The “magic ratio” is 5 to 1. This means that for every negative interaction during conflict, a stable and happy relationship has five (or more) positive interactions.
According to Dr. John Gottman from The Gottman Institute, it would take five positive interactions to neutralise the negative emotions associated with a single negative interaction. And during these times, when we are surrounded by negative stories coming from the media, it will take an awful lot of positivity to counteract that daily barrage of bad news we have become used to during the past twelve months or so.
This blog post is not in any way attempting to belittle or downplay the current severity of a global pandemic. These are unprecedented times, and many people have lost many loved ones – and there will undoubtedly by more setbacks along the road.
The announcement of a third UK lockdown this month has brought a murky cocktail of emotions into my home during what would already be a long, uneventful month after the joys of the Christmas holidays. Home-schooling children has been a trying time for us – as my wife and I battle with the discipline and rigour of our children’s education, whilst trying to compartmentalise being “Mum” and “Dad” as best we can for certain hours of the week. I still don’t know the answer to this complex problem – we are still experimenting with what works on a daily basis.
To this end, this week I made a promise to myself (and my family) to focus on being positive during this lockdown – and to write more about it. So, if the news of another week in lockdown is my one negative, I am going to share with you, the reader, five positives that will (by the time I have written this blog post) have erased out that negative thought from the week.
As part of a series of new episodes of The Agile Pubcast, myself and Geoff Watts made a list of agile people whom we would like to chat with on our podcast. Mike Cohn was top of both our lists. Mike was (and still is) a massive influence on my agile journey, and his books and videos are still a great resource for me to learn. Even though I was a little starstruck during our 80 minutes chatting over zoom, it was great to share a drink with Mike again after what seemed like an age since I last spoke to him in person. One of the benefits of great video conferencing and broadband has given us during this pandemic, and great to see and hear Mike again… in perfect HD!
My son Owen (9) has found lockdown tough in his own way. He openly admits that he doesn’t miss the learning part of school (!!!) but he does miss his friends. As such, he has struggled to find the motivation for home schooling without being able to interact with his teacher and his peers. We decided a good idea would be for the two of us to have a 20-minute walk before school, to mimic the time and distance he would normally endure on a regular school day. Both Owen and I have grown to enjoy this daily trundle – we use it as a time to chat casually. My nine-year old’s interests mainly lie in Marvel movies, cars, chocolate bars and British Lions rugby, but at 8:30am in the morning – I am absolutely fine with that! I certainly feel that during this strange year, Owen and I have grown closer as father and son, and these frequent walks are a huge part of that – something I’m sure my pre-COVID diary would have struggled to allocate time for.
Being asked to speak at a meetup event is a double-edged sword. Usually trading after hours working away for family time for the good of re-engaging with the community. This week I was reminded about the good that the agile community gives back. I spoke at the Agile Games Workshop, hosted by Devika Gibbs and I spoke for just under an hour about creativity – but the real joy for me came from seeing complete strangers playing, laughing and creating together. I was able to connect with agile practitioners in New Zealand, Sweden and the USA at the same meetup – that would never have happened before COVID. It was great to see that my book and my cards have travelled into people’s homes all over the world – and they were enjoying using them!! I stayed online for 25 minutes afterward just chatting and meeting new people – a great experience and it warmed my agile heart.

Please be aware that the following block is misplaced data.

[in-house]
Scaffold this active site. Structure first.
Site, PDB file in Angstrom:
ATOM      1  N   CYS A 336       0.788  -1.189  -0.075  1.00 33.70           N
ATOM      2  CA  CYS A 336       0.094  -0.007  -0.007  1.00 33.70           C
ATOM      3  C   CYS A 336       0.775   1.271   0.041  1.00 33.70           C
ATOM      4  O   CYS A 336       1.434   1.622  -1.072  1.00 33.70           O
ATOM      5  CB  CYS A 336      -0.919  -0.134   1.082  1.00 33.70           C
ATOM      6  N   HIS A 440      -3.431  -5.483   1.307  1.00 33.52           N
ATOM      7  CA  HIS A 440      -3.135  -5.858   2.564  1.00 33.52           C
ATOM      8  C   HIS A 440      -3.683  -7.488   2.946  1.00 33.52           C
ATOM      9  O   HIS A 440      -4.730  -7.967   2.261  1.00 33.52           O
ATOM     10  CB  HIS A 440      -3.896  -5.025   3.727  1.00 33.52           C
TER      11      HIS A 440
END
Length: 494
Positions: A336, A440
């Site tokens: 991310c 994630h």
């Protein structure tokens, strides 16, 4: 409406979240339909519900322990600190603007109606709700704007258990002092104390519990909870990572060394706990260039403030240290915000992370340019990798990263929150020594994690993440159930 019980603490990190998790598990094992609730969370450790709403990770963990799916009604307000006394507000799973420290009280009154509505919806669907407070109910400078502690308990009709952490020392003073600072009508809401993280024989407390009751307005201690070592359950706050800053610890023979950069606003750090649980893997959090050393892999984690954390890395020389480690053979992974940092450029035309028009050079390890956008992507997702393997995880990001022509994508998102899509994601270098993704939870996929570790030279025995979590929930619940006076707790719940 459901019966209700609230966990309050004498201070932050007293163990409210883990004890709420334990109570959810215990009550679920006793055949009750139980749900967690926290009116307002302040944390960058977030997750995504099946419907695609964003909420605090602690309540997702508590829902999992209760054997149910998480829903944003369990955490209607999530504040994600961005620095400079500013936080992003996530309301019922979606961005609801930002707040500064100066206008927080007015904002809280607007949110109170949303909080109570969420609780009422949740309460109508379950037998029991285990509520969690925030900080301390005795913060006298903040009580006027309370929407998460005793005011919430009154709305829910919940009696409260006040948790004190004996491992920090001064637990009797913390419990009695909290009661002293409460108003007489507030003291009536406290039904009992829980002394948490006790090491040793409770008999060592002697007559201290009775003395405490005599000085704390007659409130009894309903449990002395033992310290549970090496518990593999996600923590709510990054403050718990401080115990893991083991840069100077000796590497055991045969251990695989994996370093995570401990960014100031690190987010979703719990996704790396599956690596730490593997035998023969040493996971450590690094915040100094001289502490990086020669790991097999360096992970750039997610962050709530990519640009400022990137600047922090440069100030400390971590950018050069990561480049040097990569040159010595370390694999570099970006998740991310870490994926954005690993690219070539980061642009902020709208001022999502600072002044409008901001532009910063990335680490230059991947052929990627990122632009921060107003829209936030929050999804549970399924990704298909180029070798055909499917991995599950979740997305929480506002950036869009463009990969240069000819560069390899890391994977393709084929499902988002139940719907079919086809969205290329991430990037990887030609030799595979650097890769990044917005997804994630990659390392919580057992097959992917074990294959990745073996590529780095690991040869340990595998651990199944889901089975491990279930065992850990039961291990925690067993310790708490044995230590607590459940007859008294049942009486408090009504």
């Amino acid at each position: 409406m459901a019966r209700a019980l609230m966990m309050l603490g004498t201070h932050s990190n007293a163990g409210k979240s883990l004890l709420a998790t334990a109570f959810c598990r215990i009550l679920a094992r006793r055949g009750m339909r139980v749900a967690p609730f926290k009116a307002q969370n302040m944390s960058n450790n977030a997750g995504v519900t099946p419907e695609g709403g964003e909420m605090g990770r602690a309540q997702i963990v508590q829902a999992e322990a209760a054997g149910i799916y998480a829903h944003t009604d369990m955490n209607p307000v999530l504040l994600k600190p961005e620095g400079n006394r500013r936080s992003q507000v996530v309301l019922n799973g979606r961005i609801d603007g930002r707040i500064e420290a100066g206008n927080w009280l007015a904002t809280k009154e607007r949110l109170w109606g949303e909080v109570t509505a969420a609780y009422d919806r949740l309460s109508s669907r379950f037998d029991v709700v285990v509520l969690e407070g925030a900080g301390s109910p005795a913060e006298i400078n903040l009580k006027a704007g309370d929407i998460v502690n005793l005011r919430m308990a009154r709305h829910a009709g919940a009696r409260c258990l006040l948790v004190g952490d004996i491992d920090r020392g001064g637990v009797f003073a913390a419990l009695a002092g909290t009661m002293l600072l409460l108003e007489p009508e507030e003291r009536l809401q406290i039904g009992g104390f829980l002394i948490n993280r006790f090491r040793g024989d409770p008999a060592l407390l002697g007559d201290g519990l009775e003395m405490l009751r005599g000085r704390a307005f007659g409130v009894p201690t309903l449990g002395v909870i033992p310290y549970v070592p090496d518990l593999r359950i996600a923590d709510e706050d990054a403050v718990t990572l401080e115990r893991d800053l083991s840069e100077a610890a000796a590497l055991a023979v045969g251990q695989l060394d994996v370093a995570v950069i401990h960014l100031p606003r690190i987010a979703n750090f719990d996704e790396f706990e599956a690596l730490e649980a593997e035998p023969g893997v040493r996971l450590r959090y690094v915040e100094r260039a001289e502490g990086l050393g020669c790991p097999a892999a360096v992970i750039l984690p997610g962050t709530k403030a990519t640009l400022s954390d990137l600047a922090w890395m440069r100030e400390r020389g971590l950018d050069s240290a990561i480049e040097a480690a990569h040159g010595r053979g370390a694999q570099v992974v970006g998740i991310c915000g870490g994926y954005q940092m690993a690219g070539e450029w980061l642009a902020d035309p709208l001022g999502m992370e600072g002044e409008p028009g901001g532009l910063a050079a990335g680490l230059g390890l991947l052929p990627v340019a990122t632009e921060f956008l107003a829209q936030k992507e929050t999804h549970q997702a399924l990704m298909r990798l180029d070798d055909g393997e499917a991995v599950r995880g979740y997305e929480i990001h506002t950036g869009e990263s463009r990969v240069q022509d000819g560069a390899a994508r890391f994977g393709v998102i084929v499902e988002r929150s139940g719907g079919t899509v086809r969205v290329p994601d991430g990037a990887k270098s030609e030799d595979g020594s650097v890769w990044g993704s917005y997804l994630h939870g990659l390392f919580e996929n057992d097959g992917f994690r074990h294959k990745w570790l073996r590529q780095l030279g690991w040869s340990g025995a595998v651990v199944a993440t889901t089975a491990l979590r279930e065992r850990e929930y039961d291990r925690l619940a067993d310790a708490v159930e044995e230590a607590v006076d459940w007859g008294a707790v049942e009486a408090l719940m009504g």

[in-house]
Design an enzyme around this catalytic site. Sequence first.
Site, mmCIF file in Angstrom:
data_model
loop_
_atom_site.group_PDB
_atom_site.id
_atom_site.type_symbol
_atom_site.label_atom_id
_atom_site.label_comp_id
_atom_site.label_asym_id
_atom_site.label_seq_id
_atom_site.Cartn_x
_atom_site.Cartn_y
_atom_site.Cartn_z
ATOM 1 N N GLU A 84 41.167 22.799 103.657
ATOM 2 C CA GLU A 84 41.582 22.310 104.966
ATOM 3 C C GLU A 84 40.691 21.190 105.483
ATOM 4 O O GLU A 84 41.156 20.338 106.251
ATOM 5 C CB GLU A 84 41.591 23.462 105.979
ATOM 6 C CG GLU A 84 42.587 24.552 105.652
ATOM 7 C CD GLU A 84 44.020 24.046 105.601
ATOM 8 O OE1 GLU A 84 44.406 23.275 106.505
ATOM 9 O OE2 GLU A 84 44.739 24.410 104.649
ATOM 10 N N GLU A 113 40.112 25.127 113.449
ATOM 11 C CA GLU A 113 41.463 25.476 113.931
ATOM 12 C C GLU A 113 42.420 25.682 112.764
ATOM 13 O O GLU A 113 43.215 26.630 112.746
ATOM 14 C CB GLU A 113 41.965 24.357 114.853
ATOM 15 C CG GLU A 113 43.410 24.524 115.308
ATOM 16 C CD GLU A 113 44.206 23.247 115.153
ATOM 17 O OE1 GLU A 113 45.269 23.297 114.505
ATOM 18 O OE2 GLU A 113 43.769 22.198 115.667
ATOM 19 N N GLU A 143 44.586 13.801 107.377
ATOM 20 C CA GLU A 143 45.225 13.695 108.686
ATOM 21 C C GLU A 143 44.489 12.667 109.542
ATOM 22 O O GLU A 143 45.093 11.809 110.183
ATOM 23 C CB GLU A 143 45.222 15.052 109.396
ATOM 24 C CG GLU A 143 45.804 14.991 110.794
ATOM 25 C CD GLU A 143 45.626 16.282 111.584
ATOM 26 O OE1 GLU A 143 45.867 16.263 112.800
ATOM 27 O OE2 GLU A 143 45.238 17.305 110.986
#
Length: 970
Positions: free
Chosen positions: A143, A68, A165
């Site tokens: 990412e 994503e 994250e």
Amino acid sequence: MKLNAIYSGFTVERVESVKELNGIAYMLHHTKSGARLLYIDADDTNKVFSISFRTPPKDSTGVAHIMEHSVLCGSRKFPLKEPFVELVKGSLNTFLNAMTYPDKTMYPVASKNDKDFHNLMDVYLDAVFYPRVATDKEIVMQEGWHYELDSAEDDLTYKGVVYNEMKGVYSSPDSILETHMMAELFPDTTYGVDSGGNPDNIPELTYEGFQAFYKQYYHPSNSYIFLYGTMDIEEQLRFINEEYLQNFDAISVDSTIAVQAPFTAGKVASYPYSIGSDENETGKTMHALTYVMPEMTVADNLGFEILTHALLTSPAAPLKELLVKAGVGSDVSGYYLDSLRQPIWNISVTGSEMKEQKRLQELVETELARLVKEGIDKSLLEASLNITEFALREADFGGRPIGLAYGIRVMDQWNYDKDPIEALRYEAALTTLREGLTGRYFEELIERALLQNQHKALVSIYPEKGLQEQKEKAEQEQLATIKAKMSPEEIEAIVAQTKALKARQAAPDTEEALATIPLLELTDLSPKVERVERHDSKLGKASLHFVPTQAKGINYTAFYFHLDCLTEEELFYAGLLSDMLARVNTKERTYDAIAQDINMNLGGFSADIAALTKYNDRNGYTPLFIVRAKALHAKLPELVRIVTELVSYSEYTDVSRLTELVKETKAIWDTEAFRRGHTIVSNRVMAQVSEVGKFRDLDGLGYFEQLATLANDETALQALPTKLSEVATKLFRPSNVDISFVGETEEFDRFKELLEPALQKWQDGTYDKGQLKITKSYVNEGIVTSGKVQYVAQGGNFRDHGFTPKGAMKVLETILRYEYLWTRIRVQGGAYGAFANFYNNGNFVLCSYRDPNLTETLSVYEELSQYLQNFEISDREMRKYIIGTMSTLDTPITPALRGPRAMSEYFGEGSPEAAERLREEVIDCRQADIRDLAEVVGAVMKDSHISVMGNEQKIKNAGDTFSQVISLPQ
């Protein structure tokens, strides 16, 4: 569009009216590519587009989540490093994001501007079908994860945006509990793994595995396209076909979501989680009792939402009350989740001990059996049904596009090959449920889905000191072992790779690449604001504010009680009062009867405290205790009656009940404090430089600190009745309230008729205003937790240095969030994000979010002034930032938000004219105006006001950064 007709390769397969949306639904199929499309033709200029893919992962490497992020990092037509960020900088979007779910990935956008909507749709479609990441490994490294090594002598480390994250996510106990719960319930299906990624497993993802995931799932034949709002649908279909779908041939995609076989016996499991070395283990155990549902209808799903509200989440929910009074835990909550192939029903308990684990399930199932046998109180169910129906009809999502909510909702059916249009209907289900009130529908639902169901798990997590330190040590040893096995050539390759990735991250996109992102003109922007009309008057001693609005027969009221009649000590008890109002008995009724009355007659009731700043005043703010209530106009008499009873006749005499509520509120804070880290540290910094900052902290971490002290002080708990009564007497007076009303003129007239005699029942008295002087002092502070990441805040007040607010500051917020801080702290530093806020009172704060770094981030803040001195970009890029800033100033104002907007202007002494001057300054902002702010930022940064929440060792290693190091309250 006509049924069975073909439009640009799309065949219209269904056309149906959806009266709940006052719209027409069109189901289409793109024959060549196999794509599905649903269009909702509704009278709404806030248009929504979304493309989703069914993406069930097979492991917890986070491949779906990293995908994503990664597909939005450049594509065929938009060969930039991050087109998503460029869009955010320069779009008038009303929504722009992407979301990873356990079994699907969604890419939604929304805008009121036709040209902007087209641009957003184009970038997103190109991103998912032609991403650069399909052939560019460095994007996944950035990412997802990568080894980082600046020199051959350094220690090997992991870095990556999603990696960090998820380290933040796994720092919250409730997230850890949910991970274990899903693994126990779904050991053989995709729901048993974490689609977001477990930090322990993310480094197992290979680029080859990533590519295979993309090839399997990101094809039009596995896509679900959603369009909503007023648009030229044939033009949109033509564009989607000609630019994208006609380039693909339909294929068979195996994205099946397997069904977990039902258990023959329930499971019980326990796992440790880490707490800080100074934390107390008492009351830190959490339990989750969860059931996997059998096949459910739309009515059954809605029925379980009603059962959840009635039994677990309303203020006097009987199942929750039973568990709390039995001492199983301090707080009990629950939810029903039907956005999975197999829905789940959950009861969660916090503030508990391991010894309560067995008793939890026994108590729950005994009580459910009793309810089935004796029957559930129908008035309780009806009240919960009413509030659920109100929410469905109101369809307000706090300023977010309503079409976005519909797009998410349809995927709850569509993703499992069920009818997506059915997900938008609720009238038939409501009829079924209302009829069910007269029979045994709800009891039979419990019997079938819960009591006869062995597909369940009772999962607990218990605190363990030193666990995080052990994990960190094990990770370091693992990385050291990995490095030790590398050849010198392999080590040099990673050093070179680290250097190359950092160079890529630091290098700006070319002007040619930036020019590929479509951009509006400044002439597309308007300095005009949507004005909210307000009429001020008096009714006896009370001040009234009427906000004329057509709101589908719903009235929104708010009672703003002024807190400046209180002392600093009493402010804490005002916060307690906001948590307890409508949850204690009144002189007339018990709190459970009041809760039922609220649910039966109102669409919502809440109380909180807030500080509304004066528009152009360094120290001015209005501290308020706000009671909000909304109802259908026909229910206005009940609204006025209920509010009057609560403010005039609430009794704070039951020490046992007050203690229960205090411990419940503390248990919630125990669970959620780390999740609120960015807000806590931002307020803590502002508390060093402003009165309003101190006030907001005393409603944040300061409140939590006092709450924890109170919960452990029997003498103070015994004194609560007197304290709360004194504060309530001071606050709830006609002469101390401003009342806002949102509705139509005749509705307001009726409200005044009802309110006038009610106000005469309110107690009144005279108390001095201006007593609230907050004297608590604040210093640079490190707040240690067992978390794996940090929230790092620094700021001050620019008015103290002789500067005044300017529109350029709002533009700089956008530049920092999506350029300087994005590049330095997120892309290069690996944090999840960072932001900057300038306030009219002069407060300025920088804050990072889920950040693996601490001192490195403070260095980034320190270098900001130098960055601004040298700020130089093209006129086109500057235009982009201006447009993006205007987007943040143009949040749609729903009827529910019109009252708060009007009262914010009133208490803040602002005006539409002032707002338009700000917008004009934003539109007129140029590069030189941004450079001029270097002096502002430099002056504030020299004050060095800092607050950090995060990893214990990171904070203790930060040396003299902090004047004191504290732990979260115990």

In the UK, January is a bleak month. On Wednesday I was feeling heavy, indolent and all together miserable. It was raining heavily outside. I had arranged a (socially distanced) run for lunchtime with my friend Rob. I took one look at the weather outside and then texted Rob with my excuse NOT to run today. But Rob was having none of it – and I could hear the YES, AND in his replies. “We can run on the roads instead of the lanes”, and “The rain is easing now” were the persistent responses I was met with. Rob wanted to run, and he wasn’t going to let me wriggle out of it. Eventually I relented, donned my running gear and headed out. We ran 6.5km through the rain. But I felt SO much better afterwards. Refreshed, re-energised and questioning why I had even questioned the prospect of running earlier that day. Thank you, Rob, for not accepting my excuse that morning.
A big part of my training style is drawing on a flipchart – something that has been lost since I now use only ZOOM and Miro as the tools to teach remote classes with. This week I made a conscious effort to add some of my own drawings to the presentation I used in the meetup (mentioned above). I picked up the iPad and quickly wiled away 30 minutes sketching using my Apple Pencil – with pleasantly surprising results. I had forgotten how much I enjoy illustrating my thoughts – and I have tried to add some of that back into this blog post too!!
That’s it. Five simple pleasures. And I can tell you it helps. Try writing them down too.